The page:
Fashion can be masculine or feminine, but it still tends to skew towards women’s styles. Is it because men aren’t as interested in expanding their wardrobes? Perhaps 3D printing will be the catalyst to get men more excited about their fashion choices, since it marries engineering with creative expression. Whether design teams are creating glasses from a single piece of nylon, unique men’s rings inspired by molten rock, or a new technique to extrude non-woven fabric, the science behind these designs is just as fascinating as the products themselves. Below, I’ve shared three recent developments that could change fashion for the better. I believe these options to be the coolest and most intriguing developments in fashion and style and I can’t wait to hear what you think.
When Amsterdam-based designer Maria Cichy and the FreshFiber team got together to work on a 3D-printed collection called “Volcanic Rock,” they wanted to use new technology to emulate our natural world. Taking advantage of adaptable printer materials, they created a textured nylon that looks just like cooled lava rock. This style would have been much harder to create via traditional means, but 3D design software allowed the team to make highly detailed crevices and cracks. Once they figured out the textured material, it wasn’t hard to envision it being used for phone cases, unique men’s rings, belt buckles, and other accessories. Although the design methods behind “Volcanic Rock” are fairly new, the collection has a timeless feel that looks to nature for inspiration.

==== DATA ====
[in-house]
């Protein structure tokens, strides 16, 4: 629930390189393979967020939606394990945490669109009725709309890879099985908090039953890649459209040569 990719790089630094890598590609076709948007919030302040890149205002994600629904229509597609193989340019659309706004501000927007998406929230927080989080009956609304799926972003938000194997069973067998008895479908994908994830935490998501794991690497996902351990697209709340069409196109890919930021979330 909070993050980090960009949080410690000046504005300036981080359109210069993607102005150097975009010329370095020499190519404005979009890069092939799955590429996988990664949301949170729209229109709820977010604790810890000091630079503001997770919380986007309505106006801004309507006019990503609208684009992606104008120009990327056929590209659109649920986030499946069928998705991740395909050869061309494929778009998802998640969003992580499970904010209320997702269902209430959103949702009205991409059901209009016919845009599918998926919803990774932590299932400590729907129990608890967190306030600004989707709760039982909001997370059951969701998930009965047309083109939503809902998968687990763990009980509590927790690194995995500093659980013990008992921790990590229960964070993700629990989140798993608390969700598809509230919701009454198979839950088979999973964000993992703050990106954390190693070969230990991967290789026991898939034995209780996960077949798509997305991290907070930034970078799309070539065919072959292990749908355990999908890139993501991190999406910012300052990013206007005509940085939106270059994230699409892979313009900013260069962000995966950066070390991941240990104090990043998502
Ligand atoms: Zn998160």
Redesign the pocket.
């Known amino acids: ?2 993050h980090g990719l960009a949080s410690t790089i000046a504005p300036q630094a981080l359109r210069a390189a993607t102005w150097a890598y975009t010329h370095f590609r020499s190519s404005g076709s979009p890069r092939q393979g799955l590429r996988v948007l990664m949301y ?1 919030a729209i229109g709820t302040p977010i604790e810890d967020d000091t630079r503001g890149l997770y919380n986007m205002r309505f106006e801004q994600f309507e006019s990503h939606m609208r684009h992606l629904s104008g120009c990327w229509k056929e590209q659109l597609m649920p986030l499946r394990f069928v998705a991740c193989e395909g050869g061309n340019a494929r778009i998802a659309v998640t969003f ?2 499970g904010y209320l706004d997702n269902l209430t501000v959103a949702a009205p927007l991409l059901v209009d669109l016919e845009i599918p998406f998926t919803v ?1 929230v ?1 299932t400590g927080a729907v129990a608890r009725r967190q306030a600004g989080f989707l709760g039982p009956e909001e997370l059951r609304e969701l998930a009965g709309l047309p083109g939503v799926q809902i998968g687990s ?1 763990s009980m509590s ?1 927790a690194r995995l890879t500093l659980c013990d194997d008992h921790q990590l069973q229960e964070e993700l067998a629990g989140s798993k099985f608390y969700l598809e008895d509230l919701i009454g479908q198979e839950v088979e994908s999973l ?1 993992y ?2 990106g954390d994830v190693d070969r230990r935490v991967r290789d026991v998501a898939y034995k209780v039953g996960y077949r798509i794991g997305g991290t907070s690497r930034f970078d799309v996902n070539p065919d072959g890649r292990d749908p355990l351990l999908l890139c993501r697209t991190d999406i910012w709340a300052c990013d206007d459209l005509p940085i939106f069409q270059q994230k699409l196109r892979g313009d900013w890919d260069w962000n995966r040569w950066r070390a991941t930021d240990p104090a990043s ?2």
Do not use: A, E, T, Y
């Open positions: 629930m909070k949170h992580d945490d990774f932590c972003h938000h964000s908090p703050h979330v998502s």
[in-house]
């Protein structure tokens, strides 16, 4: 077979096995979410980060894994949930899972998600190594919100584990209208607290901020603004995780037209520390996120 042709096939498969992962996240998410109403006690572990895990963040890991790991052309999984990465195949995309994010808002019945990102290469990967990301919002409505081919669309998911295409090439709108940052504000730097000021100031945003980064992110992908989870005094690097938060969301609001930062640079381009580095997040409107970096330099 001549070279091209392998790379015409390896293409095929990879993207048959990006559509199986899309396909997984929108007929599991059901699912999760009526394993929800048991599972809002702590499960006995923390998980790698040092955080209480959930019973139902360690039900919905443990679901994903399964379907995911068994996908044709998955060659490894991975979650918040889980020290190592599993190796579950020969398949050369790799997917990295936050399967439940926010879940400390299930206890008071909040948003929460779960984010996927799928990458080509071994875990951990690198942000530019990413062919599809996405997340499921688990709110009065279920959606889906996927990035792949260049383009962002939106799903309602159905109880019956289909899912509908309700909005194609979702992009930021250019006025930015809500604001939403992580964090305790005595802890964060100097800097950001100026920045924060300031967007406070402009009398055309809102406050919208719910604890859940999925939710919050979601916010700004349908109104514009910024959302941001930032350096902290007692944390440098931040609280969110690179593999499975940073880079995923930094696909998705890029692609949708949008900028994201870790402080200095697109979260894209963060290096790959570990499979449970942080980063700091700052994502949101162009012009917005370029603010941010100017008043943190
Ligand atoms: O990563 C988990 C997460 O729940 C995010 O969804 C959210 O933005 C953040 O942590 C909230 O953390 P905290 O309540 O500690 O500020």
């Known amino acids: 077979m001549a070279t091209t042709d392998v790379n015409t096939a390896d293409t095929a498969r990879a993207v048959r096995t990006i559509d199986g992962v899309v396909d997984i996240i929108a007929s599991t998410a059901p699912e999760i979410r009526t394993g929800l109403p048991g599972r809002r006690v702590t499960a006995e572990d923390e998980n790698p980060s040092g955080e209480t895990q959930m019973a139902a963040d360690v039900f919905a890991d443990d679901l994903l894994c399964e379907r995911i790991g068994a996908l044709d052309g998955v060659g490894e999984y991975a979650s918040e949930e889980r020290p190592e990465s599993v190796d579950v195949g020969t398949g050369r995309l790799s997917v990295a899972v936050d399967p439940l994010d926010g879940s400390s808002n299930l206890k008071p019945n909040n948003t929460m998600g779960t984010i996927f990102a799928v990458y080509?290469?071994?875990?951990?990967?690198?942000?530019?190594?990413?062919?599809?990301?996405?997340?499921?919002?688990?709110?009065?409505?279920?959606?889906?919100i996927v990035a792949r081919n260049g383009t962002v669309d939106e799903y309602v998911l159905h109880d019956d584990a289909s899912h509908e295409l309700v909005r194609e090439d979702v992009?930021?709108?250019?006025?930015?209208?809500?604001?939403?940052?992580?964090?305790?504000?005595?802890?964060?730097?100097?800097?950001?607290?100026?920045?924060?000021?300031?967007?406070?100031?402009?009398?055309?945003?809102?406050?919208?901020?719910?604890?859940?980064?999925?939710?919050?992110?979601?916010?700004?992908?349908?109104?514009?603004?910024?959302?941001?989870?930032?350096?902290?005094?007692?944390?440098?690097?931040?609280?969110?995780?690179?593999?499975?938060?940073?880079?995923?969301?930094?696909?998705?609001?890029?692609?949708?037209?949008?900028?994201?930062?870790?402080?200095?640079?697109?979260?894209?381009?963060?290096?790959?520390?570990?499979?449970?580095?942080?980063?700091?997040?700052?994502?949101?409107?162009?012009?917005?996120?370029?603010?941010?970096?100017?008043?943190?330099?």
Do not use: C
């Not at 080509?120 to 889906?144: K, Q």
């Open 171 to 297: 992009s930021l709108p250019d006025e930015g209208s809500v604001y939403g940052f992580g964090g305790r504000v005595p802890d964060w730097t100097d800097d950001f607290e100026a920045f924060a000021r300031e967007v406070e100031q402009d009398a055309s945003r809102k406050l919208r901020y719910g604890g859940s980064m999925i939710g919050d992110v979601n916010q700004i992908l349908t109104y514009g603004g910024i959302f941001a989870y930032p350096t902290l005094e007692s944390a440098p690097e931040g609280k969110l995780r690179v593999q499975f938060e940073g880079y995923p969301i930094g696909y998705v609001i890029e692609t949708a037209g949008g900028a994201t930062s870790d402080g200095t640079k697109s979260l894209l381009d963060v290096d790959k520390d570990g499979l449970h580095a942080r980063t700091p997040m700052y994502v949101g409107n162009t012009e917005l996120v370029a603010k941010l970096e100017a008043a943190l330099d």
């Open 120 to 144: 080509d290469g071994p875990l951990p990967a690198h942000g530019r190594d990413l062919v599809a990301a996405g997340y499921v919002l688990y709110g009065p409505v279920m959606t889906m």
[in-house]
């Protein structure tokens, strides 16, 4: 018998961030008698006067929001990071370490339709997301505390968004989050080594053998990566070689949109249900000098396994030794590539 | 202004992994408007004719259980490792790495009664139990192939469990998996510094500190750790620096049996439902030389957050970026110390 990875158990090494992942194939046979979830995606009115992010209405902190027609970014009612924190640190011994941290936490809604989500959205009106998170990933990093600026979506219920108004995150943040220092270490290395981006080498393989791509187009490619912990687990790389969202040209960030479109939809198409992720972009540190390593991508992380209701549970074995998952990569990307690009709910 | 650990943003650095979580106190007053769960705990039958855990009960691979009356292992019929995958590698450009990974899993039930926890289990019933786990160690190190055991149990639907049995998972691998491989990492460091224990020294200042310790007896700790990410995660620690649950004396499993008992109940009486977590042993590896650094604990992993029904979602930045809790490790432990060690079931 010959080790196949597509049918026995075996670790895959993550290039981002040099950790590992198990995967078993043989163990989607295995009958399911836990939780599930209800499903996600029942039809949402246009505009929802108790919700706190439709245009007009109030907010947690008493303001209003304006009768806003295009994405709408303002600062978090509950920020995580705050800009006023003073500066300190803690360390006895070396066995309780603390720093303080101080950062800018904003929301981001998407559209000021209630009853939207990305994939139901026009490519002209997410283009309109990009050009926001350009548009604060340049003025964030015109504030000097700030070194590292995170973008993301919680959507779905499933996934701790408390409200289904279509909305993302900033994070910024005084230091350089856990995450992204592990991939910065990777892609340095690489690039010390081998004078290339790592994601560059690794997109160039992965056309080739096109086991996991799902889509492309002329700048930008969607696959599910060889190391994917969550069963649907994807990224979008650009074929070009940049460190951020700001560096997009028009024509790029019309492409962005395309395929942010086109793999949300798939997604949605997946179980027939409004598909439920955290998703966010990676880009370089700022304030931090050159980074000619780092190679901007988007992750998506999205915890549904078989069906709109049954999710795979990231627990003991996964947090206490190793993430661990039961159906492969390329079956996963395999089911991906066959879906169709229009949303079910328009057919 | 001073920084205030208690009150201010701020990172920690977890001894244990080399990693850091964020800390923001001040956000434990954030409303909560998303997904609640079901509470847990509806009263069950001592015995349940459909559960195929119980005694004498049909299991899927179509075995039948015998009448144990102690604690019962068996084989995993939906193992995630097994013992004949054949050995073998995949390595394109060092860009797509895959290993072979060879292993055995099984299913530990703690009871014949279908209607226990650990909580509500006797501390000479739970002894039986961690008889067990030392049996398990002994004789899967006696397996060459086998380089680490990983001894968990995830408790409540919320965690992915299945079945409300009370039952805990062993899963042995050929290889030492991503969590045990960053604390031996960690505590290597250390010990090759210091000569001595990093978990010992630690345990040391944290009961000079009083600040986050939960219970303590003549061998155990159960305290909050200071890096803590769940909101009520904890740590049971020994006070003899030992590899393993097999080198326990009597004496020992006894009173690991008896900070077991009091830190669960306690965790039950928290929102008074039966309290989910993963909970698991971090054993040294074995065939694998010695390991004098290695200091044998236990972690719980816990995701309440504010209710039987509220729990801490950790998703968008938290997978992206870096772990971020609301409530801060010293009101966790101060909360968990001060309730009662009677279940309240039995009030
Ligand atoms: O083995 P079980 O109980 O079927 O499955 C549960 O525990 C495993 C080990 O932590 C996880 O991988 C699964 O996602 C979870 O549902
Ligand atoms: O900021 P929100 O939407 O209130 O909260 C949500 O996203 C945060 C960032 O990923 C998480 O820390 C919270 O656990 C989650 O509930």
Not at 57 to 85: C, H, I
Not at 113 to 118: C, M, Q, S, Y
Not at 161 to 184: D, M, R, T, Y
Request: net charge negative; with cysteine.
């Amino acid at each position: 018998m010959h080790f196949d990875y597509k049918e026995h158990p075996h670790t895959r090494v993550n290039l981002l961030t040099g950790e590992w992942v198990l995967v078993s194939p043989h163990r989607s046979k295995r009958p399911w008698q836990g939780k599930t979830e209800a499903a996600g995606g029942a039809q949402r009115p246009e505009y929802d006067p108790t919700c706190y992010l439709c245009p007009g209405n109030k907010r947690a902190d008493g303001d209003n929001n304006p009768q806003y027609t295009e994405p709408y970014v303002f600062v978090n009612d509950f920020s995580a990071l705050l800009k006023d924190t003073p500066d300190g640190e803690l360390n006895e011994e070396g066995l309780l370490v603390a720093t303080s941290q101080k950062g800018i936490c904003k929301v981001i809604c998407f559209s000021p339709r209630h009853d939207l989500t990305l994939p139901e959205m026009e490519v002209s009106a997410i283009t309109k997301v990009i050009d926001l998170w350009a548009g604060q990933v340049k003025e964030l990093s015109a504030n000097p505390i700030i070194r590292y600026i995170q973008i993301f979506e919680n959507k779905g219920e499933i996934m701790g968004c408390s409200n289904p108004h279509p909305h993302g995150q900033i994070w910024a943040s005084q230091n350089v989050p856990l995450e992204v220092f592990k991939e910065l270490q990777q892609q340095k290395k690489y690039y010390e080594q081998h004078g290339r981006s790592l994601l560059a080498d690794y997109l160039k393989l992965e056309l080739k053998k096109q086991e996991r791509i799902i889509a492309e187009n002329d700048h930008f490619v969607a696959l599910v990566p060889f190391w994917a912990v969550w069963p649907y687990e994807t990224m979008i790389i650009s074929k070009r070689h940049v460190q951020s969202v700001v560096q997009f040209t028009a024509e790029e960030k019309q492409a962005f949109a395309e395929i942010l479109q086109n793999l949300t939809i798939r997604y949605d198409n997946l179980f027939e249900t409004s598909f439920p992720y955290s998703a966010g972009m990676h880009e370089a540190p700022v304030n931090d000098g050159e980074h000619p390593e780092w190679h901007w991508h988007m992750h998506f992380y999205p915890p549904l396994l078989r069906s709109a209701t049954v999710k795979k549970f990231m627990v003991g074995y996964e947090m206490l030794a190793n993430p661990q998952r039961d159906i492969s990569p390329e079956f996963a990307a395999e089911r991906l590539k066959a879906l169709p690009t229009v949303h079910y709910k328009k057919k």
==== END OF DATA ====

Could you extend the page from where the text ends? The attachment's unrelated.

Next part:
The race to create the perfect set of 3D-printed eyeglasses is well underway, with famous designers and unknown upstarts getting in on the action. One of the more promising designs comes from Hong Kong company ITUM, which has funded their MONO eyeglass project using the Kickstarter-like website Indiegogo. Available in five styles, the MONO glasses are made using one piece of brushed nylon, which twists in a “DNA joint” hinge that allows the frame to bend. Right now, the frames aren’t custom-made to fit each wearer’s face — a feature that companies like PQ Eyewear have been touting with their products — but they do come in three different sizes and multiple frame/lens color combinations. These new forays into eyewear are stylish, ultra light, and more customizable than your typical pair.
Finally, the fashion world has seen plenty of 3D-printed designs over the past few years, but most of them haven’t been able to replicate the comfortable feel of fabric. Now, a small startup called Electroloom claims to have found the solution. Starting with a hard mold, the 3D printer sprays a liquid fiber across the entire clothing design, which then bonds together into a strong fabric. When it’s ready, the printed shirt, skirt, or hat can be removed from the mold, and it will have the same properties as cotton or polyester. Although this technology is in its infancy — the company is still in the process of getting funded — it’s a promising development for printed fabrics and the fashion industry.